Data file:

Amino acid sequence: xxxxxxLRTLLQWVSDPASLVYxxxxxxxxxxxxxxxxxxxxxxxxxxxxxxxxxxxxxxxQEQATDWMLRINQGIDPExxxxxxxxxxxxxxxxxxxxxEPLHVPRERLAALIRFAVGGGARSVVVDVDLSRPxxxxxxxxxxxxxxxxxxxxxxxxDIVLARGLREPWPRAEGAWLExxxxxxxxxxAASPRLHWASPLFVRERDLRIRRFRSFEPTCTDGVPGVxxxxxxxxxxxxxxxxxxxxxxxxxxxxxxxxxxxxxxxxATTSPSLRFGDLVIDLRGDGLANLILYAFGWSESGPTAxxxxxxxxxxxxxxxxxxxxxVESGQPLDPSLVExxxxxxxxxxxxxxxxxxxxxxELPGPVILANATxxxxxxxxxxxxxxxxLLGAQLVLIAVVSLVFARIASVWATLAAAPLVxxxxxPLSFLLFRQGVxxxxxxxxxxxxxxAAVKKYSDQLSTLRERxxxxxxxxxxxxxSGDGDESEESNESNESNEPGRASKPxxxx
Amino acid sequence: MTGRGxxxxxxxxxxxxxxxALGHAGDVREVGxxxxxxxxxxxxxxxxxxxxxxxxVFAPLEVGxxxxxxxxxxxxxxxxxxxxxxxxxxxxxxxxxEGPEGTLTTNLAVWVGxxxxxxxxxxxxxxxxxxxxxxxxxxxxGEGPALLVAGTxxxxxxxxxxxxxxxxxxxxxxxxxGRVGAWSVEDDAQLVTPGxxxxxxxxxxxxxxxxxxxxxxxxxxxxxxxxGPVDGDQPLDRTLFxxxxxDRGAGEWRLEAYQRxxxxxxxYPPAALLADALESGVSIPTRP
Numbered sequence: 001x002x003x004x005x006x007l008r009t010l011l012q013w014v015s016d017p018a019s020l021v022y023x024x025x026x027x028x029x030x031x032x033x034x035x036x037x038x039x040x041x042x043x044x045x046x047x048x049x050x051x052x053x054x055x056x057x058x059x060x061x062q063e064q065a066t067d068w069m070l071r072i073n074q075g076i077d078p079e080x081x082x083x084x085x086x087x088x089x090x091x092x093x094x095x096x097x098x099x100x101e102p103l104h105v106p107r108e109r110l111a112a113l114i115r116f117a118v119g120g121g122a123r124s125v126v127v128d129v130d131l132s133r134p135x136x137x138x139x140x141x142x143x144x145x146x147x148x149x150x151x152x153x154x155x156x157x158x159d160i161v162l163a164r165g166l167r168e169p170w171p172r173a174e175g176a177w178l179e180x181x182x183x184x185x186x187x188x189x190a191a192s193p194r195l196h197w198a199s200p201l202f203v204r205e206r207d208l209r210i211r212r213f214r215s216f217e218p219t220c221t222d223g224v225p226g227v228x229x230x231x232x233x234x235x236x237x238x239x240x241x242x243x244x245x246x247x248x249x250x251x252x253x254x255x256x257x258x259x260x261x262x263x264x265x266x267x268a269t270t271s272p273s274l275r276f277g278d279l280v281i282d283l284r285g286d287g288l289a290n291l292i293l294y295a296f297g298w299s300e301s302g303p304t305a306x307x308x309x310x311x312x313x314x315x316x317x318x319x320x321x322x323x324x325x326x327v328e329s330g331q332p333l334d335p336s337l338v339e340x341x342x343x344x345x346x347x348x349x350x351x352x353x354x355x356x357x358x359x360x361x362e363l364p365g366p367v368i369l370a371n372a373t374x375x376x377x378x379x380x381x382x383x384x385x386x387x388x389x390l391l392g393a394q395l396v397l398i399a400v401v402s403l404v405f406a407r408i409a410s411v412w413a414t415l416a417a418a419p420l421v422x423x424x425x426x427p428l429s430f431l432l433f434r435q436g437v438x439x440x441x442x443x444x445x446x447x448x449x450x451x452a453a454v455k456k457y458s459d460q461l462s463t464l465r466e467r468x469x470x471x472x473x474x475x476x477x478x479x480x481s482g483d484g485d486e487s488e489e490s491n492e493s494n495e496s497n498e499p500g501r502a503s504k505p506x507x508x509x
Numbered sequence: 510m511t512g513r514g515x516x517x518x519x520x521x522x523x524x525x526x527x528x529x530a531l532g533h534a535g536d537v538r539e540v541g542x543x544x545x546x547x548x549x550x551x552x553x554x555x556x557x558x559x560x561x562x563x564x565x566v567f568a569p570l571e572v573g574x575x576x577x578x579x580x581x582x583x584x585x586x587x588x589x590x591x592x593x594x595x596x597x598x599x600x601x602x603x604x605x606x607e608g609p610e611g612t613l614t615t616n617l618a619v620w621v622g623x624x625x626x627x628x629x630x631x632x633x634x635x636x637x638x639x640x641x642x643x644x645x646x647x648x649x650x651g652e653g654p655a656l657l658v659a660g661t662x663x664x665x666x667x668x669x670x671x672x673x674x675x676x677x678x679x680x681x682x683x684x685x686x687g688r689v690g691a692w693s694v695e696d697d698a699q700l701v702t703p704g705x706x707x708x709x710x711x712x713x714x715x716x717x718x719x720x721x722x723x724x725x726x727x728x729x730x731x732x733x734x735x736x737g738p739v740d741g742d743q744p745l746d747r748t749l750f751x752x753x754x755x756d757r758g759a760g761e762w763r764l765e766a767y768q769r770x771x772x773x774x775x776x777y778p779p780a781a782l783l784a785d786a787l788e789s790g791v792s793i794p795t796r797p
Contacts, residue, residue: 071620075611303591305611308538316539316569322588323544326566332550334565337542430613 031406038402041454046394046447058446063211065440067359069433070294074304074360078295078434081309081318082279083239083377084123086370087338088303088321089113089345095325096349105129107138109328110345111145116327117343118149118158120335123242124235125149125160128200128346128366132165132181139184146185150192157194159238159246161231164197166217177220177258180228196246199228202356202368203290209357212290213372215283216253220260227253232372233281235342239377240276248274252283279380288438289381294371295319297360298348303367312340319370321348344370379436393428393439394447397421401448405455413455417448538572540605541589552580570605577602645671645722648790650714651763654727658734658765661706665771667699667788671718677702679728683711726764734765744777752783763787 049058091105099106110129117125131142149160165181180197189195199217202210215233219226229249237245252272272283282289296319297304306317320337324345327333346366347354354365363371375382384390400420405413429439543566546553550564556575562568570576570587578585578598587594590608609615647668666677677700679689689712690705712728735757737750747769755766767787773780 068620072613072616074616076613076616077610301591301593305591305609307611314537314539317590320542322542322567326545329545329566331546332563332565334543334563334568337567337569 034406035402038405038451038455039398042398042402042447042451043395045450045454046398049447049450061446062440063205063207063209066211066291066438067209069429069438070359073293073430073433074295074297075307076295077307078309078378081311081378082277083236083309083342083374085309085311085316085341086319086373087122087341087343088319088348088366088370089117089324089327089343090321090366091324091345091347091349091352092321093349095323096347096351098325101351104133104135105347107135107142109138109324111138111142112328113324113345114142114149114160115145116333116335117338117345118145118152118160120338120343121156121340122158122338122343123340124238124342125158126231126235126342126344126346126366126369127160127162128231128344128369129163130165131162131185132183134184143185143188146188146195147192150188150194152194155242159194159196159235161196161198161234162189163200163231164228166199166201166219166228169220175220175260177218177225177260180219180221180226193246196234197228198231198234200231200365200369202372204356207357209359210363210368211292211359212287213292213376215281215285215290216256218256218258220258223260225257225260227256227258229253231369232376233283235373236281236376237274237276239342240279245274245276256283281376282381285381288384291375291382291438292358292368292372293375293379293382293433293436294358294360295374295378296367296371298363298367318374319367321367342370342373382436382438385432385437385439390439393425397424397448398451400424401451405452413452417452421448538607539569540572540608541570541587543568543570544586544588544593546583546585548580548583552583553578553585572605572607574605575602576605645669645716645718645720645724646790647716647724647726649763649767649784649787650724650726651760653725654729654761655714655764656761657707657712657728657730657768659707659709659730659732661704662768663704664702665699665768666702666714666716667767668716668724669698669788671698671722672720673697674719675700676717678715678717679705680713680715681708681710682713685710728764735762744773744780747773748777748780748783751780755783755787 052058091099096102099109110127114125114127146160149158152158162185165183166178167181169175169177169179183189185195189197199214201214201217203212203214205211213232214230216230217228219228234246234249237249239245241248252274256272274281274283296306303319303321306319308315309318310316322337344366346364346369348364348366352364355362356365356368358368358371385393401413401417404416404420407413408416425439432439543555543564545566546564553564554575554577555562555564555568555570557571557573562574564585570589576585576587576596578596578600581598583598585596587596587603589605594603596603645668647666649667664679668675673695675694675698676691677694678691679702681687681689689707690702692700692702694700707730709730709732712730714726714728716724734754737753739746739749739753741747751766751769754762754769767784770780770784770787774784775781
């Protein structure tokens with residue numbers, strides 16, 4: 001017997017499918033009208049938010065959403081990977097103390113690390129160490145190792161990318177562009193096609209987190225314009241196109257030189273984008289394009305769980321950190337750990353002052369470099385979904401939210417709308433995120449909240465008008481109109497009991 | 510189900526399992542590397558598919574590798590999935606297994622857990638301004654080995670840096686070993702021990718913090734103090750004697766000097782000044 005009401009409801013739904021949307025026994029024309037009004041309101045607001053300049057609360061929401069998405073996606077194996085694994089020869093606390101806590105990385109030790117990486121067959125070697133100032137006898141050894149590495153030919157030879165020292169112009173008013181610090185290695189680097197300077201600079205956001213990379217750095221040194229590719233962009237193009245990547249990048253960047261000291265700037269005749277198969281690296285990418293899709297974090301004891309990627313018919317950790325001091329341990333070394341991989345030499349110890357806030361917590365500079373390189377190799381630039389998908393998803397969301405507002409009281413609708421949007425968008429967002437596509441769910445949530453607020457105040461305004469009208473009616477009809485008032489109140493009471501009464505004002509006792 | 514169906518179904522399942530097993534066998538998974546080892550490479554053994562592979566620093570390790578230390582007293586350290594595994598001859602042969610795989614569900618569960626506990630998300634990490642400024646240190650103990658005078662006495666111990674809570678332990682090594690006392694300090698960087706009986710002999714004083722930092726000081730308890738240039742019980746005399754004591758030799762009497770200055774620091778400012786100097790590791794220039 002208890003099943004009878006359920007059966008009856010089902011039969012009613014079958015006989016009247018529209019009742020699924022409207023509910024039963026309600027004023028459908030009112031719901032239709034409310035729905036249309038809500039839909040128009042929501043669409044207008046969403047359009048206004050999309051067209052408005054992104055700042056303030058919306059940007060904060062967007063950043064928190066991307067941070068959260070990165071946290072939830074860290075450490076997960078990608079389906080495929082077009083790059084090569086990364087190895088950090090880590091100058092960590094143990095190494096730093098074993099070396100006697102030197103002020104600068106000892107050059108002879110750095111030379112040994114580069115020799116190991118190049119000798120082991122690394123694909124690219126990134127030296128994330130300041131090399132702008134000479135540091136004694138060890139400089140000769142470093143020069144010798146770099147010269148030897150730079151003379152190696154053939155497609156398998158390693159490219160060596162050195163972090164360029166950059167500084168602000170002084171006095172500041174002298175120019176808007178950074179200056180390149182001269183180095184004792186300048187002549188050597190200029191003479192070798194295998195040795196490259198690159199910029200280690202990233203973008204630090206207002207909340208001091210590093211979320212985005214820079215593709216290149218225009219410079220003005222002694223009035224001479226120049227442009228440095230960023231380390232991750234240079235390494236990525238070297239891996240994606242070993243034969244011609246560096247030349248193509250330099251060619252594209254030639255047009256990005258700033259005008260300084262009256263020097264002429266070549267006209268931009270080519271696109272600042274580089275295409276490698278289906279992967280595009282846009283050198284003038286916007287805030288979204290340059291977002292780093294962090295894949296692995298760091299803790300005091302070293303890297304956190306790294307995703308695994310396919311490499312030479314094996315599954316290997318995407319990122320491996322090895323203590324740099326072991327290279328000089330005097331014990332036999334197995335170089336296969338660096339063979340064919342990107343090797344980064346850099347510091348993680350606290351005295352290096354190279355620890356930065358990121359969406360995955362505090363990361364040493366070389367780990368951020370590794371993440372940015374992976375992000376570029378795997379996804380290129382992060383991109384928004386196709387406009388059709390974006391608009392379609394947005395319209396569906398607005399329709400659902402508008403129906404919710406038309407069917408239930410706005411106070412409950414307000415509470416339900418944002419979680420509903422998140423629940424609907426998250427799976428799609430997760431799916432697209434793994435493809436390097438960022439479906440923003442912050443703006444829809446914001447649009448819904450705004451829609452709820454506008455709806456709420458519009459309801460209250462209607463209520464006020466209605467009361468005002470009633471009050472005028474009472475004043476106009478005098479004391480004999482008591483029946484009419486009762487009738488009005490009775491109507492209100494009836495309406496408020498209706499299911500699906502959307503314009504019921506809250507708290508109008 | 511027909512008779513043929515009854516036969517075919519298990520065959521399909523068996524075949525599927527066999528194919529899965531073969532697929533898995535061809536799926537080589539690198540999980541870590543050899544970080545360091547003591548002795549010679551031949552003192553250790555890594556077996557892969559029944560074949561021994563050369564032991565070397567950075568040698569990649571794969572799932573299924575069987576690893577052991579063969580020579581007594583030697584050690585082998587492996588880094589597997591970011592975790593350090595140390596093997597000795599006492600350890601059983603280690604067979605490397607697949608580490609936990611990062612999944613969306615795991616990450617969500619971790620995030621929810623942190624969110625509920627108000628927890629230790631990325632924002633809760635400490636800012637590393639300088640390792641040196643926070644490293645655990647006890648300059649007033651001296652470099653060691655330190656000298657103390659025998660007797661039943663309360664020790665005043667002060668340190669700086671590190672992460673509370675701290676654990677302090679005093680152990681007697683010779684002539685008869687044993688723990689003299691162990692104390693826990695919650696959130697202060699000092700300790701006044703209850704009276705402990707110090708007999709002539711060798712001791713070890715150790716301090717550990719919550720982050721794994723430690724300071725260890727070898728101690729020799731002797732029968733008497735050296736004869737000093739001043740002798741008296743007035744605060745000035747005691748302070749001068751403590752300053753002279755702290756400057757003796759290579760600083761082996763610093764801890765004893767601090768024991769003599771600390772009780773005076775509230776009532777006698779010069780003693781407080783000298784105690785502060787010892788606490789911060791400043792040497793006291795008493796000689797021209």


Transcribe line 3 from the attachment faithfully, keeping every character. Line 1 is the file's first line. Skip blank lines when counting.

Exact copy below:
Numbered sequence: 001x002x003x004x005x006x007l008r009t010l011l012q013w014v015s016d017p018a019s020l021v022y023x024x025x026x027x028x029x030x031x032x033x034x035x036x037x038x039x040x041x042x043x044x045x046x047x048x049x050x051x052x053x054x055x056x057x058x059x060x061x062q063e064q065a066t067d068w069m070l071r072i073n074q075g076i077d078p079e080x081x082x083x084x085x086x087x088x089x090x091x092x093x094x095x096x097x098x099x100x101e102p103l104h105v106p107r108e109r110l111a112a113l114i115r116f117a118v119g120g121g122a123r124s125v126v127v128d129v130d131l132s133r134p135x136x137x138x139x140x141x142x143x144x145x146x147x148x149x150x151x152x153x154x155x156x157x158x159d160i161v162l163a164r165g166l167r168e169p170w171p172r173a174e175g176a177w178l179e180x181x182x183x184x185x186x187x188x189x190a191a192s193p194r195l196h197w198a199s200p201l202f203v204r205e206r207d208l209r210i211r212r213f214r215s216f217e218p219t220c221t222d223g224v225p226g227v228x229x230x231x232x233x234x235x236x237x238x239x240x241x242x243x244x245x246x247x248x249x250x251x252x253x254x255x256x257x258x259x260x261x262x263x264x265x266x267x268a269t270t271s272p273s274l275r276f277g278d279l280v281i282d283l284r285g286d287g288l289a290n291l292i293l294y295a296f297g298w299s300e301s302g303p304t305a306x307x308x309x310x311x312x313x314x315x316x317x318x319x320x321x322x323x324x325x326x327v328e329s330g331q332p333l334d335p336s337l338v339e340x341x342x343x344x345x346x347x348x349x350x351x352x353x354x355x356x357x358x359x360x361x362e363l364p365g366p367v368i369l370a371n372a373t374x375x376x377x378x379x380x381x382x383x384x385x386x387x388x389x390l391l392g393a394q395l396v397l398i399a400v401v402s403l404v405f406a407r408i409a410s411v412w413a414t415l416a417a418a419p420l421v422x423x424x425x426x427p428l429s430f431l432l433f434r435q436g437v438x439x440x441x442x443x444x445x446x447x448x449x450x451x452a453a454v455k456k457y458s459d460q461l462s463t464l465r466e467r468x469x470x471x472x473x474x475x476x477x478x479x480x481s482g483d484g485d486e487s488e489e490s491n492e493s494n495e496s497n498e499p500g501r502a503s504k505p506x507x508x509x